St. Michael - identifying the mysterious ship from 1669

The St Michael is one of the most impressive ship models in our collection. However until very recently its identity remained elusive. Assistant Curator of Ship Models, Nick Ball, shares the detective work that enabled it's identification. 

St Michael ship model
SLR0002 Scale: 1:48. A contemporary skeleton model of St Michael a 98-gun built by John Tippetts and launched at Portsmouth Royal Dockyard in 1669. She took part in the Third Anglo-Dutch War at the Battles of Solebay (1672), Schoonveld (1673) and Texel (1
The St Michael is one of the most impressive ship models in the National Maritime Museum Collection; it dates to 1669, however, its identity remained unknown for over many years.  That was, until some skilled detective work and a link to some famous occupants of the Queen’s House revealed its true identity. 
Charles II
Charles II, generously lent by Her Majesty The Queen from the Royal Collection
The story starts in the 1670s during the reign of King Charles II (see his portrait on display in Samuel Pepys: Plague, Fire, Revolution), when two Dutch artists, Willem van de Velde and his son (also called Willem) came to England to paint for the King. The pair were given the use of the South-West Parlour of the Queen’s House by Charles II and paid £100 a year to paint ‘sea fights’. 
The Queen's House
The Queen’s House as it is today. On the lower left-hand side are the windows of the South-West Parlour.
The themes represented in their work are delightfully varied, showing Dutch and English ships and yachts, ship decoration, views of fleets, battles, landscapes, royal events and figure studies. During their time in England the van de Veldes greatly popularised marine painting, influencing the work of artists in the 18th and 19th centuries, such as J. M. W. Turner.
Willem van de Velde, the Younger
MNT0131 Miniature depicting Willem van de Velde, the Younger
Willem van de Velde ‘An English Royal Yacht under sail with a fishing boat laying a net’
ZBA2145 ‘An English Royal Yacht under sail with a fishing boat laying a net’ Willem van de Velde, circa 1700
As well as an inherent aesthetic quality, their work provides an extraordinary record of the vessels of the late 17th century.  Particular attention is always paid to such details as figureheads, stern carvings and gun ports, which differentiate one ship from another.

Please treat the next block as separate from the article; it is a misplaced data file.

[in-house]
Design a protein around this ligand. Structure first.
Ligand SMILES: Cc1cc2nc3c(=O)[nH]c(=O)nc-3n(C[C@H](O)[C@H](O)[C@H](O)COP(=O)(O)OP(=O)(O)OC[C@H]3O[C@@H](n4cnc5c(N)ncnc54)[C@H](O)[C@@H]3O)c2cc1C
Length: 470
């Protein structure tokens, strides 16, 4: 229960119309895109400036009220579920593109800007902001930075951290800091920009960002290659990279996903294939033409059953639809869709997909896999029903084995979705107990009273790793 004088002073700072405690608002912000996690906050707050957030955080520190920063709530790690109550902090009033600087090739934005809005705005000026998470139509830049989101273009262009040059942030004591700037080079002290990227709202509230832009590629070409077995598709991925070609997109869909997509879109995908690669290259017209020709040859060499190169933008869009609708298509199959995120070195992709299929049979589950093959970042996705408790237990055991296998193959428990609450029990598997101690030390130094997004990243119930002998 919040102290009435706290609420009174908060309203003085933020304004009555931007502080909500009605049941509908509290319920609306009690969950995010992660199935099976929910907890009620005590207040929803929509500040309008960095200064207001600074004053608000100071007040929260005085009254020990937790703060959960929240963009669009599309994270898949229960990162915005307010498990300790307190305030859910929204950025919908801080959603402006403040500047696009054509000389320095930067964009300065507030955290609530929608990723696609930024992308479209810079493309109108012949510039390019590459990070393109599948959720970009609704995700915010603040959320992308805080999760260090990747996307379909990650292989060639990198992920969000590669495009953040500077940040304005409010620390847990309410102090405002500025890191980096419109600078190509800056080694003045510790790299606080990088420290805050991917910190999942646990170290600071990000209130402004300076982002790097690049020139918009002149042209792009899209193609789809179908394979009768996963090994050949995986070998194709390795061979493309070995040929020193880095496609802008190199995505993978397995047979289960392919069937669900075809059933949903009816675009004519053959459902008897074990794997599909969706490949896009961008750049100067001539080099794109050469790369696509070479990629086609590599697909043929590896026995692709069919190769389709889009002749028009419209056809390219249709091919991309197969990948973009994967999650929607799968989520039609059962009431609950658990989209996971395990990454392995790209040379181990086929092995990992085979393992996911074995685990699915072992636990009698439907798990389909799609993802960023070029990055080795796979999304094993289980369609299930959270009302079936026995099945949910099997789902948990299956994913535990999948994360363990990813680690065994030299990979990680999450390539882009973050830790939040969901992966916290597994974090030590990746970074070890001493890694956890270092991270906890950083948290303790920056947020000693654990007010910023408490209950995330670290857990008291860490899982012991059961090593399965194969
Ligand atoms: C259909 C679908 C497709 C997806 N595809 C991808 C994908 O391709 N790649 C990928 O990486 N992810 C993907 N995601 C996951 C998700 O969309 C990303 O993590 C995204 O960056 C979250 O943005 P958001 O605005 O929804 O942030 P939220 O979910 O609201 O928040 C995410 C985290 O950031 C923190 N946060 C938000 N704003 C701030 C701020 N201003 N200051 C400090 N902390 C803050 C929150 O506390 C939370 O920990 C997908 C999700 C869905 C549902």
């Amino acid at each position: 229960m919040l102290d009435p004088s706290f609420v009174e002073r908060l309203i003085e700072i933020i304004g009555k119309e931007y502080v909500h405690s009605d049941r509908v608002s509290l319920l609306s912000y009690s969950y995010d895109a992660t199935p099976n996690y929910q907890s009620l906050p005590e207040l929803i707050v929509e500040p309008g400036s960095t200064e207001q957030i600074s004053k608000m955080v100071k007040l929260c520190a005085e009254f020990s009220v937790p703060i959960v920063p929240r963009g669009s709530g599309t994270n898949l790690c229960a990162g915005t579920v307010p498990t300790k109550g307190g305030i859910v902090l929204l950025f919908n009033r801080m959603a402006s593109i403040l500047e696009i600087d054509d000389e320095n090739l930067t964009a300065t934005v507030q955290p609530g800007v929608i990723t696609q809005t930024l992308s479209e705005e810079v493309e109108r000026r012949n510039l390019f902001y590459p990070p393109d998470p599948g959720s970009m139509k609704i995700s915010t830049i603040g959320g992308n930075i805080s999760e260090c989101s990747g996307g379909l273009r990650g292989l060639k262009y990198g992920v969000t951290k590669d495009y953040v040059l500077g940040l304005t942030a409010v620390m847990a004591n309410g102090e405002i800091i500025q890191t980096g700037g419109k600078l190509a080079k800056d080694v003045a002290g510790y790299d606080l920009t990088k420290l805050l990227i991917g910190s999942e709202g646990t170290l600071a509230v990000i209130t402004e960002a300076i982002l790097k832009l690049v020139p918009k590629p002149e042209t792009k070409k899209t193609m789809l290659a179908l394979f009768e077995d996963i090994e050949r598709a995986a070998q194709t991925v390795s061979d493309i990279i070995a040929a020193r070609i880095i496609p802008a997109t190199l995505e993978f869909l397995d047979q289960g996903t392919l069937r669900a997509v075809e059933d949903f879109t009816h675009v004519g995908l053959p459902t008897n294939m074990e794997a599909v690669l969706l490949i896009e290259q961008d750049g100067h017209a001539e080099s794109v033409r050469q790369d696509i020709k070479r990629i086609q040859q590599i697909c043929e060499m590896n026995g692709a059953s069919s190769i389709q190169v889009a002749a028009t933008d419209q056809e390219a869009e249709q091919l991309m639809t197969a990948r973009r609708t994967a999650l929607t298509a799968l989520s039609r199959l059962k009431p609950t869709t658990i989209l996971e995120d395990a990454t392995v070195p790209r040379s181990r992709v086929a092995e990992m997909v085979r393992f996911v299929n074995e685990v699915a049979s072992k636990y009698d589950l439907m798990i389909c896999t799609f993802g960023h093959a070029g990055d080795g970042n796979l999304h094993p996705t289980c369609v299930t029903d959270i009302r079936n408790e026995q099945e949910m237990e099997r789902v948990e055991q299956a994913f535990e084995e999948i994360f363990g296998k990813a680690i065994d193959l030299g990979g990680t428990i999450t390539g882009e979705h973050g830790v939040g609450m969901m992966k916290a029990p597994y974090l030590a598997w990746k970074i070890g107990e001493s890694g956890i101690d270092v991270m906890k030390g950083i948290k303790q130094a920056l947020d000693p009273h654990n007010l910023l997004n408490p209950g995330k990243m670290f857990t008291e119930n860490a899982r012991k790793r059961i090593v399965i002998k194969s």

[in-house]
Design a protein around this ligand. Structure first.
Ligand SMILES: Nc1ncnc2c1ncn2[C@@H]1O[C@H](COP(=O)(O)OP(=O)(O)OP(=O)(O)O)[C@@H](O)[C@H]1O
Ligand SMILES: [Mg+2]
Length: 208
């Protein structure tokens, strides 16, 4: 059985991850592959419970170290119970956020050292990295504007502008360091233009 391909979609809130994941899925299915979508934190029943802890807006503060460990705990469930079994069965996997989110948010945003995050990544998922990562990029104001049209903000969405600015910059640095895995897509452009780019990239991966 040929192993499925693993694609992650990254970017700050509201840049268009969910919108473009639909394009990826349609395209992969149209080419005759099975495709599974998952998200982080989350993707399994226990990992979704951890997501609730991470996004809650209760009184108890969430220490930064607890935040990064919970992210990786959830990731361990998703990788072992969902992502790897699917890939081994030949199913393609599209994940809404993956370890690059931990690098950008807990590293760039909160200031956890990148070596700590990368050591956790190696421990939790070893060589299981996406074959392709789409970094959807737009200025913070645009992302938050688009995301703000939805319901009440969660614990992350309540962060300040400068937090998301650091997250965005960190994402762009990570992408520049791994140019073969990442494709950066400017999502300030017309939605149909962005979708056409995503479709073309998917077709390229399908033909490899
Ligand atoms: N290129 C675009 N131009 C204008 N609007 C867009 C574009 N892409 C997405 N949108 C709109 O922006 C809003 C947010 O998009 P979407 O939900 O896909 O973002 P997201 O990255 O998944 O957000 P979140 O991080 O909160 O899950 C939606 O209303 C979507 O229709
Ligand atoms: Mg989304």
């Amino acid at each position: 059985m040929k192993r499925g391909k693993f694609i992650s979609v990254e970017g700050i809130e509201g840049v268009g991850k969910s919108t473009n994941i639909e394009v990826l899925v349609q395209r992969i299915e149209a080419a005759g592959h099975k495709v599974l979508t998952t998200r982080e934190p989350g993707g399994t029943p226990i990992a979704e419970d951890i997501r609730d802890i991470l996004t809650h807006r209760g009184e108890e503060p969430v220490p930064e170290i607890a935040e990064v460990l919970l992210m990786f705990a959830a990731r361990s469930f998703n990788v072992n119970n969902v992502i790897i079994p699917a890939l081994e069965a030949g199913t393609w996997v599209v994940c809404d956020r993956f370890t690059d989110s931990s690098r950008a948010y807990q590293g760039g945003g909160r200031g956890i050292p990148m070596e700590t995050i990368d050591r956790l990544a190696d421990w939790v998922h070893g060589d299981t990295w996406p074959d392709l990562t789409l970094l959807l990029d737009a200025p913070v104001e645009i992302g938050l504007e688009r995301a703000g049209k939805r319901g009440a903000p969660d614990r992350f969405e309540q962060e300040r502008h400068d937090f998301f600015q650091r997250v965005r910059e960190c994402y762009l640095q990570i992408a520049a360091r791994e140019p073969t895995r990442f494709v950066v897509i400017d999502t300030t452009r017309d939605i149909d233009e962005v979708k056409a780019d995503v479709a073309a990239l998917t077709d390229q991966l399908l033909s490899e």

It was this attention to detail of the van de Velde drawings which caused nautical scholar Dr. R.C. Anderson to make a startling discovery. When he saw an unidentified ship model in the Illustrated London News on 4th May 1929 he was struck by its similarity to the details of several van de Velde drawings of the warship St Michael launched in 1669.
Unsigned pencil drawing by Willem van de Velde
PAF6607 Unsigned pencil drawing by Willem van de Velde the Younger of St Michael’s figurehead. Possibly depicting the Greek myth of Ganymede, the story of the beautiful boy taken by eagle to be Zeus’s cup bearer it is inscribed ‘d Mighal’. It corresponds
St Michael, model figurehead
SLR0002 St Michael, model figurehead
After comparing the detailed van de Velde drawings to the model Dr. Anderson confirmed that it was indeed St Michael of 1669. He wasted no time and published a note in the Mariner’s Mirror in announcing his important discovery, which made the model the oldest to be identified with a specific ship. 
Drawing, by van de Velde the Elder
drawing, by van de Velde the Elder, shows port broadside of the St Michael where gunports and quarter galleries, as well as general proportions match up with those of the model. It shows the single entry port.
St Michael, port broadside
SLR0002 St Michael, port broadside
The model was purchased by the Museum’s founder Sir James Caird in 1937 and became part of the National Maritime Museum Collection. The St Michael model will be on display in the Queen’s House in 2016, close to where the van de Veldes worked in the 17th century.  
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